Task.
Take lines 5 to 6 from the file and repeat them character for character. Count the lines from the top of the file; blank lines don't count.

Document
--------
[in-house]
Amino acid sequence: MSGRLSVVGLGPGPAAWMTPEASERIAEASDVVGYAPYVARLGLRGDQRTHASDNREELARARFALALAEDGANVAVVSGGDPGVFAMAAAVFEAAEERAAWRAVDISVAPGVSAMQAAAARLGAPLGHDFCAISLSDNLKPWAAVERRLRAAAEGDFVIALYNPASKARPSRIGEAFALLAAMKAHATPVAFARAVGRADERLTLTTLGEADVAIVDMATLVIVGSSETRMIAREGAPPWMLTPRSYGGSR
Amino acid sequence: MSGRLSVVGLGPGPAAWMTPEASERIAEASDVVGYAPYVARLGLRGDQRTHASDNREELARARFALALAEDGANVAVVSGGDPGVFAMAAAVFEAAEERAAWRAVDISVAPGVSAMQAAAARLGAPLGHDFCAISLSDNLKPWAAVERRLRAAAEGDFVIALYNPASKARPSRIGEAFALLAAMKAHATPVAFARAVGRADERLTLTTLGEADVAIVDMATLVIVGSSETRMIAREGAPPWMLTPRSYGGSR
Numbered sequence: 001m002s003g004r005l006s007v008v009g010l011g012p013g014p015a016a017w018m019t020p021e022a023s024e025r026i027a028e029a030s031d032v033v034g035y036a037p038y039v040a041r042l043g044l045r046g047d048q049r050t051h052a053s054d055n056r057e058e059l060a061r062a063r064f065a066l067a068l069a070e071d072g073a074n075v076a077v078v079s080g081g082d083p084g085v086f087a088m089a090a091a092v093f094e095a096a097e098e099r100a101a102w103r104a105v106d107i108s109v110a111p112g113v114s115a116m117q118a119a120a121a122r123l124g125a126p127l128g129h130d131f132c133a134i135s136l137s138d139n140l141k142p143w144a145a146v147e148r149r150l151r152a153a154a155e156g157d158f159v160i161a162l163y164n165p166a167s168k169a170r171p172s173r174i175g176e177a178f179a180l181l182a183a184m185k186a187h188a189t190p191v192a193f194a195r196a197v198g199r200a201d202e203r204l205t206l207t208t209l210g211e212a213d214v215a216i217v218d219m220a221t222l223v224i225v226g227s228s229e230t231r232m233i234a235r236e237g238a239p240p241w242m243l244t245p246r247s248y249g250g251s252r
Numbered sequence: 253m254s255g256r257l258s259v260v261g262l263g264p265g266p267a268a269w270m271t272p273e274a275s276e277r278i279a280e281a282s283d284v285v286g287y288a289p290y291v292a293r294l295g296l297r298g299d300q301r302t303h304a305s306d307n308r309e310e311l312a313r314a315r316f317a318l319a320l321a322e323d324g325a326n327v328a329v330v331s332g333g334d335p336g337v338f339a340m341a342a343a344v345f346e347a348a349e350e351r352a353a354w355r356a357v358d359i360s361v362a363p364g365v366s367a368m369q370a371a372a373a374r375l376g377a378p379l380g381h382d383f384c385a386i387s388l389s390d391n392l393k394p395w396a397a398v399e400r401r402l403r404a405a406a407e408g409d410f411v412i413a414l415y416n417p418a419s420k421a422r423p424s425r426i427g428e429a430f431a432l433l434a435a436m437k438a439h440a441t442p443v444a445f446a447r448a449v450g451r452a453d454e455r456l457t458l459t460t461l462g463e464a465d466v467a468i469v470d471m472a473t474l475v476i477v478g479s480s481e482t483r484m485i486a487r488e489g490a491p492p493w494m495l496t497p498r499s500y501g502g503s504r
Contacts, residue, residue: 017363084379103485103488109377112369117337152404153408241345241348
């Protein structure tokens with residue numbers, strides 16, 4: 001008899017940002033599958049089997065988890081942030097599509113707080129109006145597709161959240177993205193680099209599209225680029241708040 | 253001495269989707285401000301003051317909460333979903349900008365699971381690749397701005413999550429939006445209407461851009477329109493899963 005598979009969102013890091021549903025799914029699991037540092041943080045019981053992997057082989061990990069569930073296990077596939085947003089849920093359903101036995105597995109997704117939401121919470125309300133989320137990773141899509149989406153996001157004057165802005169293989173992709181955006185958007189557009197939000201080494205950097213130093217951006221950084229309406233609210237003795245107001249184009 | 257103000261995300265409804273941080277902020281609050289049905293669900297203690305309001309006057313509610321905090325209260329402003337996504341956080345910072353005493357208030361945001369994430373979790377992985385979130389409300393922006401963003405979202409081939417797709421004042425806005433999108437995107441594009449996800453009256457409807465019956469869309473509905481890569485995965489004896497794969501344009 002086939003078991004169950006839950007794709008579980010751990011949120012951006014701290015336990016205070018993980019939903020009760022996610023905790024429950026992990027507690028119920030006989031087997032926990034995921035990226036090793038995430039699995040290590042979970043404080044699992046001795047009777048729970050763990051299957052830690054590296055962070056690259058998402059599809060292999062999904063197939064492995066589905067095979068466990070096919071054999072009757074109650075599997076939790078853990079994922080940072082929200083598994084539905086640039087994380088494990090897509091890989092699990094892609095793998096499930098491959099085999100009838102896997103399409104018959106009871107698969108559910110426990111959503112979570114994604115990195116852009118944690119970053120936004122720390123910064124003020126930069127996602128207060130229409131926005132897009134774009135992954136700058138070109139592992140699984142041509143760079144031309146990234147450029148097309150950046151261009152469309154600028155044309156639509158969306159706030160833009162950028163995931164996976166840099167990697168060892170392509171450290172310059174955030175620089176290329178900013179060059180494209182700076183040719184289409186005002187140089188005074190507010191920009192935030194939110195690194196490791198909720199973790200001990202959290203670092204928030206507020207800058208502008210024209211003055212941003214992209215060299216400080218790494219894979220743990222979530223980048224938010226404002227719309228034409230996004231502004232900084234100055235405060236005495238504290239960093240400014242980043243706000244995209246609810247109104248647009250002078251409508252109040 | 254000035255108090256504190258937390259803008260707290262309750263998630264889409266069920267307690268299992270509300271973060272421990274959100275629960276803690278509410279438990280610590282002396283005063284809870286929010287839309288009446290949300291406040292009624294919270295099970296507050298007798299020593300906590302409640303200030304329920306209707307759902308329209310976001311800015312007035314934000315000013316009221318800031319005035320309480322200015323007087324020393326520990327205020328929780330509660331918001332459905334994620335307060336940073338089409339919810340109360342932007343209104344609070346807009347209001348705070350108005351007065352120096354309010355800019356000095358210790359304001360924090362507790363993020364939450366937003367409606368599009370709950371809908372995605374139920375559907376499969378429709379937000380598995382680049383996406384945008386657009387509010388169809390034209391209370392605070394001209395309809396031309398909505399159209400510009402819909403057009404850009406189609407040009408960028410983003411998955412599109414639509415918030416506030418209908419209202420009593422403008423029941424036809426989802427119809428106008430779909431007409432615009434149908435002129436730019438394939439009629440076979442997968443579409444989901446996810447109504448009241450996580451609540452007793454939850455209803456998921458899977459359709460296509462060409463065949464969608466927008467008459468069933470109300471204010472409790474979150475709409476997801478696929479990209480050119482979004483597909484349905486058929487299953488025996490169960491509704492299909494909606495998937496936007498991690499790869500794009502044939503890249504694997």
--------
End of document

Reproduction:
Numbered sequence: 253m254s255g256r257l258s259v260v261g262l263g264p265g266p267a268a269w270m271t272p273e274a275s276e277r278i279a280e281a282s283d284v285v286g287y288a289p290y291v292a293r294l295g296l297r298g299d300q301r302t303h304a305s306d307n308r309e310e311l312a313r314a315r316f317a318l319a320l321a322e323d324g325a326n327v328a329v330v331s332g333g334d335p336g337v338f339a340m341a342a343a344v345f346e347a348a349e350e351r352a353a354w355r356a357v358d359i360s361v362a363p364g365v366s367a368m369q370a371a372a373a374r375l376g377a378p379l380g381h382d383f384c385a386i387s388l389s390d391n392l393k394p395w396a397a398v399e400r401r402l403r404a405a406a407e408g409d410f411v412i413a414l415y416n417p418a419s420k421a422r423p424s425r426i427g428e429a430f431a432l433l434a435a436m437k438a439h440a441t442p443v444a445f446a447r448a449v450g451r452a453d454e455r456l457t458l459t460t461l462g463e464a465d466v467a468i469v470d471m472a473t474l475v476i477v478g479s480s481e482t483r484m485i486a487r488e489g490a491p492p493w494m495l496t497p498r499s500y501g502g503s504r
Contacts, residue, residue: 017363084379103485103488109377112369117337152404153408241345241348